6) entry into the house from garage, if this will be main (kids too), make it HUGE... allow for shoes, coats, and junk to be deposited. I have a huge closet from garage, but the kids mainly came in the front door into my foyer...wow, did not plan that! so now, their cars are in garage, and that is better, but still closet is not large enough to keep all the shoes they seem to have.
7) bathrooms for kids. if you have boys, do a walk-in shower, if you have girls do tub/shower. and most important for every two kids have a full bath! skip the double sinks in a bathroom for them.
hoped to of helped...

    Bookmark   October 13, 2012 at 9:23AM
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Overall, that looks like a very nice plan. I think there are a few things that could be changed to make it better.... but I'll stick with what you asked about. :)

The answer depends on who will be living in your house. Will every bedroom have a regular occupant (one kid in each bedroom?)

I think Bedroom 3 is the only one that looks a bit small. You could easily push it out and gain a couple feet, though.

The master bedroom is a nice size, but the door to the patio limits where you can put furniture... or at least it seems to. If you are fine putting the bed along the closet wall, it is ok, as is. (I would probably put it there to keep it away from noise.... just something to consider for you.)

You didn't ask about the eating areas, but in regards to their sizes: The doors in the breakfast nook also looks like they will reduce the size of what you can put there since you need to account for a walkway on both sides. I would make an outline of the size of that room and figure out if your furniture would fit with space around it. If it is close, you could certainly have less doors to the outside there.

For similar reasons, I would eliminate the dining room door that goes outside. It eats up space for furniture... and it makes 3 doors in your entry area. I think it would potentially be confusing for a guest to know which door to enter.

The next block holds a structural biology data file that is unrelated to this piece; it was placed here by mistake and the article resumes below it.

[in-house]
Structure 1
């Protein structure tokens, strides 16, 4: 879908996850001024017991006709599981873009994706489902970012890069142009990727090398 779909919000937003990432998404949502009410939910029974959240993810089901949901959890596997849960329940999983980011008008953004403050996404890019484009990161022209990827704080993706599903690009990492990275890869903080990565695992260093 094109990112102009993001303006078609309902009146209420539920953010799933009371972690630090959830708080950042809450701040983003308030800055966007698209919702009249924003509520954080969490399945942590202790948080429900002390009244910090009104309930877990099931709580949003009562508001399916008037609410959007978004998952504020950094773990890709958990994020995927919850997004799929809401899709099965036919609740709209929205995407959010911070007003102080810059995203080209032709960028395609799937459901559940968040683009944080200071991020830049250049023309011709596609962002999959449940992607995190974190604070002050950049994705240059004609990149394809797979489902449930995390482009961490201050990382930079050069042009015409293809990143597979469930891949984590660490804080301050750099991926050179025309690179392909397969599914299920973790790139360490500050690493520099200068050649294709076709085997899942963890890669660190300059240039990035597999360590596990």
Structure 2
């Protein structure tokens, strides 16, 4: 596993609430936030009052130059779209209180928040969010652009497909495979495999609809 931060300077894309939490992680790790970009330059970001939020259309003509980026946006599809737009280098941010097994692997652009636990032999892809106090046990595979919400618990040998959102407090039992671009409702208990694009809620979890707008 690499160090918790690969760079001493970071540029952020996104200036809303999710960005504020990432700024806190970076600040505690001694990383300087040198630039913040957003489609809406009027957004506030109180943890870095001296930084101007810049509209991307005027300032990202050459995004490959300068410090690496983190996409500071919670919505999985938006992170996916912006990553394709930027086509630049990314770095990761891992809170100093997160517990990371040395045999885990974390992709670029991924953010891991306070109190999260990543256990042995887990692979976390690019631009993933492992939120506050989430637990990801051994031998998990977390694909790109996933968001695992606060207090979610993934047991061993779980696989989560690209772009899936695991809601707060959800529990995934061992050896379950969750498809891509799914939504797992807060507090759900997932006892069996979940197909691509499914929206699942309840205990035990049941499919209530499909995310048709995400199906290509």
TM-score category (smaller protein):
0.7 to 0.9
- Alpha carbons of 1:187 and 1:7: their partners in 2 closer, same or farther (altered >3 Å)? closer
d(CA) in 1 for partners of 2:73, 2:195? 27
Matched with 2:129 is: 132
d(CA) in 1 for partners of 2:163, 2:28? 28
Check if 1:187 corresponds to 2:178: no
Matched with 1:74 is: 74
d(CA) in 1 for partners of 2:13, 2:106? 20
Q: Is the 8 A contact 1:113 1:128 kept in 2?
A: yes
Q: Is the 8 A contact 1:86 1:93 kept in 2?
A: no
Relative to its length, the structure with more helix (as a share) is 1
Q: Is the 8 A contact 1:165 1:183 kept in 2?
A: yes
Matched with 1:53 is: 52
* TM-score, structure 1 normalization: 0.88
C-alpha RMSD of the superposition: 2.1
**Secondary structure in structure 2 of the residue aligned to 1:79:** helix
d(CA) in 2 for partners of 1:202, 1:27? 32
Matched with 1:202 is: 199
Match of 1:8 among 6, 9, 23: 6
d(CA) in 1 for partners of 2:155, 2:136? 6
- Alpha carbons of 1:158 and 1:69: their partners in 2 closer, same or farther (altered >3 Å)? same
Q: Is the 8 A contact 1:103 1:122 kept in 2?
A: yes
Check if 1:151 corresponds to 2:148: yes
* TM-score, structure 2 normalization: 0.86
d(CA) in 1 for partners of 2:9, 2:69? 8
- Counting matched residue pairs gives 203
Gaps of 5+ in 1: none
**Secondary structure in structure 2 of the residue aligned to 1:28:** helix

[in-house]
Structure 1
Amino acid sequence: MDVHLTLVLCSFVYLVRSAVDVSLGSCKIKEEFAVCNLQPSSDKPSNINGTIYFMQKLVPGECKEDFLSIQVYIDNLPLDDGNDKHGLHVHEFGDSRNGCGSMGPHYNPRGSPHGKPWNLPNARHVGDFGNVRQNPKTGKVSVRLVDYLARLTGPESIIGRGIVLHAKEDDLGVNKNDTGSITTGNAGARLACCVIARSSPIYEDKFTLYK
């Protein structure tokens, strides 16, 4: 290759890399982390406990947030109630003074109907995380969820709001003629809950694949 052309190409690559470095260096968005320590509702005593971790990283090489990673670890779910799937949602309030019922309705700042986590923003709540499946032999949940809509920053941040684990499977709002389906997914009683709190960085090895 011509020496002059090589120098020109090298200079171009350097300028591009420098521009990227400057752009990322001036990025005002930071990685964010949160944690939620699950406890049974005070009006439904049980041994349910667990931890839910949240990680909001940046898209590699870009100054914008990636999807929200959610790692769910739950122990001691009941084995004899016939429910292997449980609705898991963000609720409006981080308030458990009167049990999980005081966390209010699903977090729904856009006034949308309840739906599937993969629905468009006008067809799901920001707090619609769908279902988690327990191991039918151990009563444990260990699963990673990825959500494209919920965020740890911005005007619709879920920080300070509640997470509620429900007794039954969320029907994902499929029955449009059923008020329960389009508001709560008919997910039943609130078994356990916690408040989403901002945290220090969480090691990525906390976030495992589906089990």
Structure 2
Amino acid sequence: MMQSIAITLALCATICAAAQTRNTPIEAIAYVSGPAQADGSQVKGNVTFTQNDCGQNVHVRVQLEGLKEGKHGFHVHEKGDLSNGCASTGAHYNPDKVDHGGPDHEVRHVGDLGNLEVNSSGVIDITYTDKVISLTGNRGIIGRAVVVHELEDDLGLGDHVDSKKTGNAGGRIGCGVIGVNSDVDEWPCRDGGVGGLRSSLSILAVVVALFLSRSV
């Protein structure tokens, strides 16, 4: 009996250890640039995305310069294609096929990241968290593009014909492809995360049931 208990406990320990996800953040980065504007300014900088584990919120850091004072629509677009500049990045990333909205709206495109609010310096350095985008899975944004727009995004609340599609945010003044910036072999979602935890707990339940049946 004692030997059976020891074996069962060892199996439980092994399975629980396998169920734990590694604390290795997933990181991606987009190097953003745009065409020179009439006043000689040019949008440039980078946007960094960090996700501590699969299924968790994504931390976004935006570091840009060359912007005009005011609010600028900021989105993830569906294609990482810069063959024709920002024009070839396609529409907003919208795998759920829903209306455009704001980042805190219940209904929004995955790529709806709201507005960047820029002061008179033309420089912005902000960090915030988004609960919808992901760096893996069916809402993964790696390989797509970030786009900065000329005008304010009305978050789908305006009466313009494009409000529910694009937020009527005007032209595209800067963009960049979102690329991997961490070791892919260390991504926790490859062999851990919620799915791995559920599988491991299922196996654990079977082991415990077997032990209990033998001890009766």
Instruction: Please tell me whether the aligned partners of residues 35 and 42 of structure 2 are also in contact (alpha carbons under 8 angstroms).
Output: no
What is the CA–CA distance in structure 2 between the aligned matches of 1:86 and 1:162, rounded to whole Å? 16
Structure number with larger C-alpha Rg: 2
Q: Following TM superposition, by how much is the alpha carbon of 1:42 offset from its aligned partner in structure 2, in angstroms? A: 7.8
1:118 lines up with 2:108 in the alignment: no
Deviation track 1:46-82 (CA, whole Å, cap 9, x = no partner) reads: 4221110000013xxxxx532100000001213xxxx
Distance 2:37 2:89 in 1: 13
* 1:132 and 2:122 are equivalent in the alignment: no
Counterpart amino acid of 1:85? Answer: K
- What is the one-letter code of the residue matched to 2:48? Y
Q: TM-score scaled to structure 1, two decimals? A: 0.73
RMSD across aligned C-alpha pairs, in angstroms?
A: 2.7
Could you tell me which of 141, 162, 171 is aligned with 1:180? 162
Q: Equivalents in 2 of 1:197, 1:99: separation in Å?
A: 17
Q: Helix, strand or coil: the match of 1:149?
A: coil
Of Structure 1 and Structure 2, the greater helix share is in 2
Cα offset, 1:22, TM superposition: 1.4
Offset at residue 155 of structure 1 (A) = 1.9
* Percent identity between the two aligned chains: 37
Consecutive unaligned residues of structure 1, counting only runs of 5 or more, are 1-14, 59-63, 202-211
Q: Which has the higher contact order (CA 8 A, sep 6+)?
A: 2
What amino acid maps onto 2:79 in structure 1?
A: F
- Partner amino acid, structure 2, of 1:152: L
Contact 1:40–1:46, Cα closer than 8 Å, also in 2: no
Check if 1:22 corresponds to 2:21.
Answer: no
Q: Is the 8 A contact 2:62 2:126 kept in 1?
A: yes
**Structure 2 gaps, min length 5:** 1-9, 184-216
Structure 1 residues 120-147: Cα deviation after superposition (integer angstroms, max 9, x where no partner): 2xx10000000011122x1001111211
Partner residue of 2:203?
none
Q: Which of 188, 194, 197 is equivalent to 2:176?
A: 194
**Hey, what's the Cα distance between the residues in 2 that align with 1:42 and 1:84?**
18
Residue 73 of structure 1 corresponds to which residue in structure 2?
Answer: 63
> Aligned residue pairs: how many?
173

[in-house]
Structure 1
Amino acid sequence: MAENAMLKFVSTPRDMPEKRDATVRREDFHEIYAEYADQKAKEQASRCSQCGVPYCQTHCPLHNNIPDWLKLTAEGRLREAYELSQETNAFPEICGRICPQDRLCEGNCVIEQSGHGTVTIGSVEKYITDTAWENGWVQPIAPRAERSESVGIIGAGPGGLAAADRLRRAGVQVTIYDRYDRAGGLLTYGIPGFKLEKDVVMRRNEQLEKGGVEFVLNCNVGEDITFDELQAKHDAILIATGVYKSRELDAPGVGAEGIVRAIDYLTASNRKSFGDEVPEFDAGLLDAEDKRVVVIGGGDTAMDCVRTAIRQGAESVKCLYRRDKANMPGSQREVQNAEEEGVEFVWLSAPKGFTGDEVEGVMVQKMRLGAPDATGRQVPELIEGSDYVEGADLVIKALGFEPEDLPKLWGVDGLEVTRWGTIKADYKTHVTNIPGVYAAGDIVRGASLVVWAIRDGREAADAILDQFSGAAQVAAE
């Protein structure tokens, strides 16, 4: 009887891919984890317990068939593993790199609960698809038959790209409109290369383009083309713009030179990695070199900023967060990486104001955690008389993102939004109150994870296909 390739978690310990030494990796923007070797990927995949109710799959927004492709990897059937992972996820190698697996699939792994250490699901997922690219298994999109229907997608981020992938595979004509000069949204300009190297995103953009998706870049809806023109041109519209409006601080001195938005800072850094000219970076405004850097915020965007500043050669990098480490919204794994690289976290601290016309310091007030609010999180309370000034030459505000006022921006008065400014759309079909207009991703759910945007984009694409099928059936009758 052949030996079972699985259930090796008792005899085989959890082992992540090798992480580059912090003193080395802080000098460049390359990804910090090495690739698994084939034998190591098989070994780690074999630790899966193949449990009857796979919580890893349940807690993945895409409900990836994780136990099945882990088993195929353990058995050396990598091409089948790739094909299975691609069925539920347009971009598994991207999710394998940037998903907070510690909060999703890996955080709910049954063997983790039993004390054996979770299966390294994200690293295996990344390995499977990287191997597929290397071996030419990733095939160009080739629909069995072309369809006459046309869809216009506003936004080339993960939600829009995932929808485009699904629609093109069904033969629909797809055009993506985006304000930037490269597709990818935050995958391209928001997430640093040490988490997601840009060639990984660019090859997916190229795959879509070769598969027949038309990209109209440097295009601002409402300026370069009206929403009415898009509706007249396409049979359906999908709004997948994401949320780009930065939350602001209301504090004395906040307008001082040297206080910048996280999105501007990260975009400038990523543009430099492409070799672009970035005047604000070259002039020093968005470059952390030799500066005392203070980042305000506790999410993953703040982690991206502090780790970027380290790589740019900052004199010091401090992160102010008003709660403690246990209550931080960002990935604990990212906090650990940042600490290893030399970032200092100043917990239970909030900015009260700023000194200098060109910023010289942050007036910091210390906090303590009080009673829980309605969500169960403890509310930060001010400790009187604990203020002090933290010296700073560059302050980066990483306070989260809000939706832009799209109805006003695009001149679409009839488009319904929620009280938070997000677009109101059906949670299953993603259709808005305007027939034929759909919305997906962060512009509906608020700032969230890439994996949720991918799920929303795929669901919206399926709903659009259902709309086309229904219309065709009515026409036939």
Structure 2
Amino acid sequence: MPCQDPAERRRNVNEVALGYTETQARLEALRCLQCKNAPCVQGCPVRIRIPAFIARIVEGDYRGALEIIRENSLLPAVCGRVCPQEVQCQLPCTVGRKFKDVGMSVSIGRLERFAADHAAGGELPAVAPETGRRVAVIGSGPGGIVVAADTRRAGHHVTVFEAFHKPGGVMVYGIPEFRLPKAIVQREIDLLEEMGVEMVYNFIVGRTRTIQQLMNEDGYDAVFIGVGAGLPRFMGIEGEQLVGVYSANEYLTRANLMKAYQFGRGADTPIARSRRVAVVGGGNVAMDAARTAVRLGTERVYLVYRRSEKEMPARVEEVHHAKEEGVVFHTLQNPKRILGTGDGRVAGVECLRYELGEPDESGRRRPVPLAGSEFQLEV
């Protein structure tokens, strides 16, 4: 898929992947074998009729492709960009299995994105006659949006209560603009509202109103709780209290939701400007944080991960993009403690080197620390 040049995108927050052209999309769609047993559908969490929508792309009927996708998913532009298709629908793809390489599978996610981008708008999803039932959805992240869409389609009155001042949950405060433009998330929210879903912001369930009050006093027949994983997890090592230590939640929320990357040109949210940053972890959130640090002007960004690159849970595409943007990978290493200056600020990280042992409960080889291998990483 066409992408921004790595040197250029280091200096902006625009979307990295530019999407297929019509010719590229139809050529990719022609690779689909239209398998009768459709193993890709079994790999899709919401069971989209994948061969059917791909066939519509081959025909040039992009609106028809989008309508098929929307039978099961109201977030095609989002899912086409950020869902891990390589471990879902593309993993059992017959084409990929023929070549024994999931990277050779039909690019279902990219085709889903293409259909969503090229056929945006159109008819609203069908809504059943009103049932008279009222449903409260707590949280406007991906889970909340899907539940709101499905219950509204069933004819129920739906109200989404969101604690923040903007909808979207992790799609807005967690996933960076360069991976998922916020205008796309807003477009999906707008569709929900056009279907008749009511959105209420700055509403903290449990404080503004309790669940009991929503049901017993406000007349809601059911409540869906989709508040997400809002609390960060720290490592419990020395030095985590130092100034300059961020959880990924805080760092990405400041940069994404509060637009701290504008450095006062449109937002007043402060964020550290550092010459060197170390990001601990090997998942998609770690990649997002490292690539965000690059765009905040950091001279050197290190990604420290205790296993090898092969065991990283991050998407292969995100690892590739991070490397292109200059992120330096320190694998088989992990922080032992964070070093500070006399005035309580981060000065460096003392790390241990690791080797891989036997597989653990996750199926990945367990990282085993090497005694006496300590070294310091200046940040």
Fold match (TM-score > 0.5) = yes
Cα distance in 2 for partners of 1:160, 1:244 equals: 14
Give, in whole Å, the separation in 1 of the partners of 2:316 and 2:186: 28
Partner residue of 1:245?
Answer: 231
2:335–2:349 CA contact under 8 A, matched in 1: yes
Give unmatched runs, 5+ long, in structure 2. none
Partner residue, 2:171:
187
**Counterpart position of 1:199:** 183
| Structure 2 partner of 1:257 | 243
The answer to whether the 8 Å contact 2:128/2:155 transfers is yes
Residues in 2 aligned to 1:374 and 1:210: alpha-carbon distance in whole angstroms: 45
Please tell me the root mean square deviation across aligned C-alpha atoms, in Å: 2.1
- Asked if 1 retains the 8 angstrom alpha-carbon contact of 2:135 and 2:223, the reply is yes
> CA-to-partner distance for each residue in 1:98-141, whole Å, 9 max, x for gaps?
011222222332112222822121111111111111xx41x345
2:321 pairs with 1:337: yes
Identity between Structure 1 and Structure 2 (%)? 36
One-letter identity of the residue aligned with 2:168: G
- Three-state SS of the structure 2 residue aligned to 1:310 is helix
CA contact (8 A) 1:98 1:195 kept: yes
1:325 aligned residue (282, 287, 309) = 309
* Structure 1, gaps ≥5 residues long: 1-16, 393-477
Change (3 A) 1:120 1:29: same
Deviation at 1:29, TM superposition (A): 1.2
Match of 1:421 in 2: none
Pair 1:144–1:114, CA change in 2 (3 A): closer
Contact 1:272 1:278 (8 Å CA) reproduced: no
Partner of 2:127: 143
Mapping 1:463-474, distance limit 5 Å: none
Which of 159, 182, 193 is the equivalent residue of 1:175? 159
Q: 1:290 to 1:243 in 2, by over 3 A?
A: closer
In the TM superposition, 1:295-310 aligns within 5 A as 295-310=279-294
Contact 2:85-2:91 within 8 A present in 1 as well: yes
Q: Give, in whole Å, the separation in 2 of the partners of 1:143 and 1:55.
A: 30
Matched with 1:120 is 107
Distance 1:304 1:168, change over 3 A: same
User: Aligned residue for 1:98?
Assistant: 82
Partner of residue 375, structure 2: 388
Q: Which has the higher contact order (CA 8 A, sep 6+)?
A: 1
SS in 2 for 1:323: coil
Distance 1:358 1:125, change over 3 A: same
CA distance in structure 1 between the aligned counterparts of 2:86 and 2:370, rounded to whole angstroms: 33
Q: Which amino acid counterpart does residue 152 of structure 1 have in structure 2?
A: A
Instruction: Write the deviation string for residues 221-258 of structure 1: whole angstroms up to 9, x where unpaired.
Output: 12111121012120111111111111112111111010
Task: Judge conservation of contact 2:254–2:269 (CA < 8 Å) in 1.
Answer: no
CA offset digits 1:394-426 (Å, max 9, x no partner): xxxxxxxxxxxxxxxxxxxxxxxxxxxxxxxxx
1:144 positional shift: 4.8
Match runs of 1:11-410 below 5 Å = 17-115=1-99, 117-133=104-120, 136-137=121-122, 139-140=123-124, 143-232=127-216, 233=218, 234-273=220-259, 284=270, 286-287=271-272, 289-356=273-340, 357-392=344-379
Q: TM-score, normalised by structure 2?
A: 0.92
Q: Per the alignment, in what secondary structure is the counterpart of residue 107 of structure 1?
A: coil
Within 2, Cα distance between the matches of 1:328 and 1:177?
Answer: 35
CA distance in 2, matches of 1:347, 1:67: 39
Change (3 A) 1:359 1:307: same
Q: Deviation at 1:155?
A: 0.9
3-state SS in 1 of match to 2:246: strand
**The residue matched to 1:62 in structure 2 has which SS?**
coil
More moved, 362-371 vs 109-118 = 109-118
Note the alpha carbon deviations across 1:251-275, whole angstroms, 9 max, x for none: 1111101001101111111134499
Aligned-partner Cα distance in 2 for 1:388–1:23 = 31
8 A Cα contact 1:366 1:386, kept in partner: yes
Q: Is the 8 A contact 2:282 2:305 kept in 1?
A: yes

RE: the living room. To me, 15'ish x 15' isn't very big especially if one side of it needs to account for a hallway. Again, measure this out so you can see how big it actually is. What type of furniture would you have in here, how would you arrange it, etc. Would you have a TV in that room? Where? etc. My living room is only slightly larger than that without a hallway, and we don't have children. The room doesn't allow for very much furniture. If we had kids, I would want more space..... but if you have an additional keeping room, maybe it isn't a big deal.

RE: master bathroom and Virgil's comment... We put in a large one, like this plan, and every single day we both appreciate it (and every day we are wowed... still.) In fact, I don't want to move just because our master suite offers so many positives that I couldn't find in another home... So, everyone is different. For example, our bathroom is bigger than our dining room... but we use the dining room once a year (if that.)

    Bookmark   October 13, 2012 at 12:13PM
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If I were going to build this plan, I would want to move the powder room. The way it is now, not only do people need to go into your mudroom to get to the powder room, it's likely that a fair amount of noise from the bathroom will be audible in the dining room (since there's a shared wall there), and it seems like something to avoid if you can.

Also-- that plan has only one tiny coat closet in the mudroom, and nothing for guests. Is that appropriate for your climate?

    Bookmark   October 13, 2012 at 12:37PM
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It is a little difficult to read the measurements, but it looks to me like the master bedroom dimensions are 15' 5" x 13' 8."

Definitely not too large in my book.

    Bookmark   October 14, 2012 at 3:15PM
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Pay attention to the dimensions of the lodge room in particular. Because it's so open you'll need to be able to walk around the furniture placed in the middle of the room. I have something similar and though I measured it out beforehand, I wish I had another 2-3 feet in each direction in my family room.